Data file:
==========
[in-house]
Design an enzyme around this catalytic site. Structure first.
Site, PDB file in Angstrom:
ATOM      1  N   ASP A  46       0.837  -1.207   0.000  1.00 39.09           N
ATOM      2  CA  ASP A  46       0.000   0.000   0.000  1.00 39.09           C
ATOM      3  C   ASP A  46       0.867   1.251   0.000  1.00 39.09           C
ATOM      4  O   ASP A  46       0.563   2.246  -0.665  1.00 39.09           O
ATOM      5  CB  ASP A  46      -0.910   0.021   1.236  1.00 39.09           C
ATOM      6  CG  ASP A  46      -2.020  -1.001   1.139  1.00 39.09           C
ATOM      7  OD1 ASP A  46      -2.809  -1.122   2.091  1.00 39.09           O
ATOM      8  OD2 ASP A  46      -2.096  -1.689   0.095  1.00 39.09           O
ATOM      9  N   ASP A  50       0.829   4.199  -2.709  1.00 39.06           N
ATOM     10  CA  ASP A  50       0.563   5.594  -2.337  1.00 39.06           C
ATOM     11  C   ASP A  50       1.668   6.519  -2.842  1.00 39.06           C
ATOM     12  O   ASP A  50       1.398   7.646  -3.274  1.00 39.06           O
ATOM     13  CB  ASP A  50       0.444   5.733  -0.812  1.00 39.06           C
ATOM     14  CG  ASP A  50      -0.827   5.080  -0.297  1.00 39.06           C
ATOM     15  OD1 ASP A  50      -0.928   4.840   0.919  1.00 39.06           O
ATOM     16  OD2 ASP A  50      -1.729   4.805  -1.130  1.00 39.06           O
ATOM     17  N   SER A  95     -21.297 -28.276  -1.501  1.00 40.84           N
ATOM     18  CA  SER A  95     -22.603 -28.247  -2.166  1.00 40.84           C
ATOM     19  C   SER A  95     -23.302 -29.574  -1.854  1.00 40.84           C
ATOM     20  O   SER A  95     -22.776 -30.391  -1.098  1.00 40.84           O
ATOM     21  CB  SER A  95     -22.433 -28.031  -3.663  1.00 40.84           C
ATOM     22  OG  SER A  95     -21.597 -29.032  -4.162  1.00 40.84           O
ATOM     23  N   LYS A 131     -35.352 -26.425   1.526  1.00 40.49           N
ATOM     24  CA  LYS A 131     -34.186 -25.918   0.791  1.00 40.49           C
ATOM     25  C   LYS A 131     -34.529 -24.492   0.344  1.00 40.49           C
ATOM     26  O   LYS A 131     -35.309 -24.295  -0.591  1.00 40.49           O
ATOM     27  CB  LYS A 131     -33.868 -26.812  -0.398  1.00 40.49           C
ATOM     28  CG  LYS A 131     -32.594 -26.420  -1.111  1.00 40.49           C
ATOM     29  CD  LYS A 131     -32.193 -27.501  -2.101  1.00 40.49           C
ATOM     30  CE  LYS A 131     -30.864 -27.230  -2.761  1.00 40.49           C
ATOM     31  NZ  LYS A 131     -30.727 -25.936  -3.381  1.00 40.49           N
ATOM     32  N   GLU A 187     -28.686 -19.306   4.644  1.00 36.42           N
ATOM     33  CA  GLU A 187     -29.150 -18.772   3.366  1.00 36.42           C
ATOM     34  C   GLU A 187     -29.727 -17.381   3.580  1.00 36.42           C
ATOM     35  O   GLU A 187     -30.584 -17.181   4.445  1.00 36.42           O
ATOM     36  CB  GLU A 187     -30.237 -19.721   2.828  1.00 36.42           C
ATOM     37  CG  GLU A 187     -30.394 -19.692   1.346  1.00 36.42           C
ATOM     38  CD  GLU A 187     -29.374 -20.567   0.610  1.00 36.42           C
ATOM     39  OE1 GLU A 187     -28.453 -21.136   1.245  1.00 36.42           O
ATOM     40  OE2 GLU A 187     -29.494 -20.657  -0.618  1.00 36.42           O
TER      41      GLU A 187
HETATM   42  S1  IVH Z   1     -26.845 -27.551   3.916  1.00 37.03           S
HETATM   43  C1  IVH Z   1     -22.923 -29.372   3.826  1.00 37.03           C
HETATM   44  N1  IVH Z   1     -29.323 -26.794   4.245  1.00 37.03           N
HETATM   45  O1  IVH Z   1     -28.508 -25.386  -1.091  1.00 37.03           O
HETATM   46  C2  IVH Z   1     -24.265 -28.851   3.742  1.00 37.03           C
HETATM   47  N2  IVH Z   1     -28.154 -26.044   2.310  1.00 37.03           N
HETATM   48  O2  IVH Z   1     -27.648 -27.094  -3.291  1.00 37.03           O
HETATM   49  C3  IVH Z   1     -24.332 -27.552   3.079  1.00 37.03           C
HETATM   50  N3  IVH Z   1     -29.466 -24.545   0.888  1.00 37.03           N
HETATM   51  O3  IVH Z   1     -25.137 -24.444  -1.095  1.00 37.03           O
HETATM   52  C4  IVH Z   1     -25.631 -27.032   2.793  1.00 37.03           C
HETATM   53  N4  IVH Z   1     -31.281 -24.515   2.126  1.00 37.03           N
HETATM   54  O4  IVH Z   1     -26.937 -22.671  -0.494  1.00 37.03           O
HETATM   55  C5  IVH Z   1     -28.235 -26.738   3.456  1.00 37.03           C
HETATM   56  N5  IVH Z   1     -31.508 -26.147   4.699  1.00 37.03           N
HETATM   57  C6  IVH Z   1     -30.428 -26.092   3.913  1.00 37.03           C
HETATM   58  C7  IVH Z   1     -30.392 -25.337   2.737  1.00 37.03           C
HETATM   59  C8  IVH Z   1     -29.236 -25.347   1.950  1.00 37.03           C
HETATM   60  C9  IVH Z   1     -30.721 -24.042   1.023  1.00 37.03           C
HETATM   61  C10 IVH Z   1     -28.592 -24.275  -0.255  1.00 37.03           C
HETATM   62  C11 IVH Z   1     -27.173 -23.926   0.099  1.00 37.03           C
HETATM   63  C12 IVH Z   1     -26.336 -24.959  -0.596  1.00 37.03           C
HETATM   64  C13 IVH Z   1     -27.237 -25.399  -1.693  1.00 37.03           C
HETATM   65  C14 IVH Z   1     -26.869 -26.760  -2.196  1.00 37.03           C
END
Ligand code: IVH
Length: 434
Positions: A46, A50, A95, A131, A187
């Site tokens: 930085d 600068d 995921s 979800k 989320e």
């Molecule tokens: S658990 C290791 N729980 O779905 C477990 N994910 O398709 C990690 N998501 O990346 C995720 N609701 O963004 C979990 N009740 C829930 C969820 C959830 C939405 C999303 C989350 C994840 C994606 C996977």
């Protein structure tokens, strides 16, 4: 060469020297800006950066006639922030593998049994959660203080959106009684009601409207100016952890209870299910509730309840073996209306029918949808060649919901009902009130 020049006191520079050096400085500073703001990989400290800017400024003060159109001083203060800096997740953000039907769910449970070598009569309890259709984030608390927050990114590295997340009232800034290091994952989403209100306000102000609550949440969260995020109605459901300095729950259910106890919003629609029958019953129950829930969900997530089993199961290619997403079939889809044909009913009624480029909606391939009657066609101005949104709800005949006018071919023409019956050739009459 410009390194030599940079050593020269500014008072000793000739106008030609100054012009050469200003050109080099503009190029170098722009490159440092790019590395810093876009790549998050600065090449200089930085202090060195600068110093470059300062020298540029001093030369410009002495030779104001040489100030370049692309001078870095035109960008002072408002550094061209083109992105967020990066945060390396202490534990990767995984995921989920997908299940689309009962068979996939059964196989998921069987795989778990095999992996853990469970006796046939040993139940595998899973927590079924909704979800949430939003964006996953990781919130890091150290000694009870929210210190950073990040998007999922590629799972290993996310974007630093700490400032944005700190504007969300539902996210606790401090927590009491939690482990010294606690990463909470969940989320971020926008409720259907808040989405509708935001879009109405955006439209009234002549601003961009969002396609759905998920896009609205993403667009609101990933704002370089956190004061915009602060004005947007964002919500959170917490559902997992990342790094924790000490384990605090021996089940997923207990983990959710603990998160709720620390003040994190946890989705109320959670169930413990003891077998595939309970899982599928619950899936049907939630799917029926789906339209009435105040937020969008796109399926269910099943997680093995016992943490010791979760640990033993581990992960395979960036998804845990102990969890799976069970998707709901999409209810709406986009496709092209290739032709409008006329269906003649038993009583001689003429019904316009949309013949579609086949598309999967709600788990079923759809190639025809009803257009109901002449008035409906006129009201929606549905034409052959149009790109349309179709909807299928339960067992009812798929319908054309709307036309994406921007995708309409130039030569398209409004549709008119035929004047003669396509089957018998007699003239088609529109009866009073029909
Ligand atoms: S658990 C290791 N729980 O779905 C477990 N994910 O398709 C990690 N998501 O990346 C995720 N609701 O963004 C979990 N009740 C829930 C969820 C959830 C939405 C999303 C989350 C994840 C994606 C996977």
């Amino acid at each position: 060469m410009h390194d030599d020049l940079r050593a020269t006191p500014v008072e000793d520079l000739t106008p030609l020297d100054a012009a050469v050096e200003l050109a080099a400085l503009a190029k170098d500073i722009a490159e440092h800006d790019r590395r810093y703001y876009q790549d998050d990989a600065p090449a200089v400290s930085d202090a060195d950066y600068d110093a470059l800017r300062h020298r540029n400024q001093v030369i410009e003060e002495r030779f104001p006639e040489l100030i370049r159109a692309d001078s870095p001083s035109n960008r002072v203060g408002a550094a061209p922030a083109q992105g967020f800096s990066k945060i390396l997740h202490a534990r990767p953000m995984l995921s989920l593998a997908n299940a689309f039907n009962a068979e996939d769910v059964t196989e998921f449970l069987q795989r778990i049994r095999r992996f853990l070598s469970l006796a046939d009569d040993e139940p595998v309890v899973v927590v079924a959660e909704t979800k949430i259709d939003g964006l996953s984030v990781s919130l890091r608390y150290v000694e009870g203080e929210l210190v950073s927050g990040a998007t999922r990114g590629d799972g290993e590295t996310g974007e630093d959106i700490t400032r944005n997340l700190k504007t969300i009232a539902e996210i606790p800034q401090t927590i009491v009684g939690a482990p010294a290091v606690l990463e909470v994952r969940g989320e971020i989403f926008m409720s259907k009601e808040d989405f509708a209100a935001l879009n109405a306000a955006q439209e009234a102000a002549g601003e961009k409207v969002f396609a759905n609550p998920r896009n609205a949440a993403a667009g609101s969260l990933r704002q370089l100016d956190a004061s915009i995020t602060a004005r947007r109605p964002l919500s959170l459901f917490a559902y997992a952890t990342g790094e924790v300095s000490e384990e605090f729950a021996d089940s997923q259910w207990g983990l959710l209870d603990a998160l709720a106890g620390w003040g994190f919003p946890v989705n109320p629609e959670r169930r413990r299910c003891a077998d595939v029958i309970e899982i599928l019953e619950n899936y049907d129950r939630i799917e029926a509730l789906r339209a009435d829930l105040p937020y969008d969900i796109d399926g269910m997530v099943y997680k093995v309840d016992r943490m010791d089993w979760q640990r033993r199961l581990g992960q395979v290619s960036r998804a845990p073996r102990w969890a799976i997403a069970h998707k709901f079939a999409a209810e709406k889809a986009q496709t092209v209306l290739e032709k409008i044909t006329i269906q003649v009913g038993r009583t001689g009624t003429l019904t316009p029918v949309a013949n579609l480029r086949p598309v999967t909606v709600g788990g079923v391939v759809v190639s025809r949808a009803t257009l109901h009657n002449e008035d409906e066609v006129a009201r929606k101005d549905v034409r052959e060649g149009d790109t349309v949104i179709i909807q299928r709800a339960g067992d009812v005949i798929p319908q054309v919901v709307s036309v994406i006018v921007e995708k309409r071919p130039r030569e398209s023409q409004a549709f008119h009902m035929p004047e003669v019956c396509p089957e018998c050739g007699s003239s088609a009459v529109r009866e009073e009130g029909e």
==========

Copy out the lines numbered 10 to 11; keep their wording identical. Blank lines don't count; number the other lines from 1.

ATOM      7  OD1 ASP A  46      -2.809  -1.122   2.091  1.00 39.09           O
ATOM      8  OD2 ASP A  46      -2.096  -1.689   0.095  1.00 39.09           O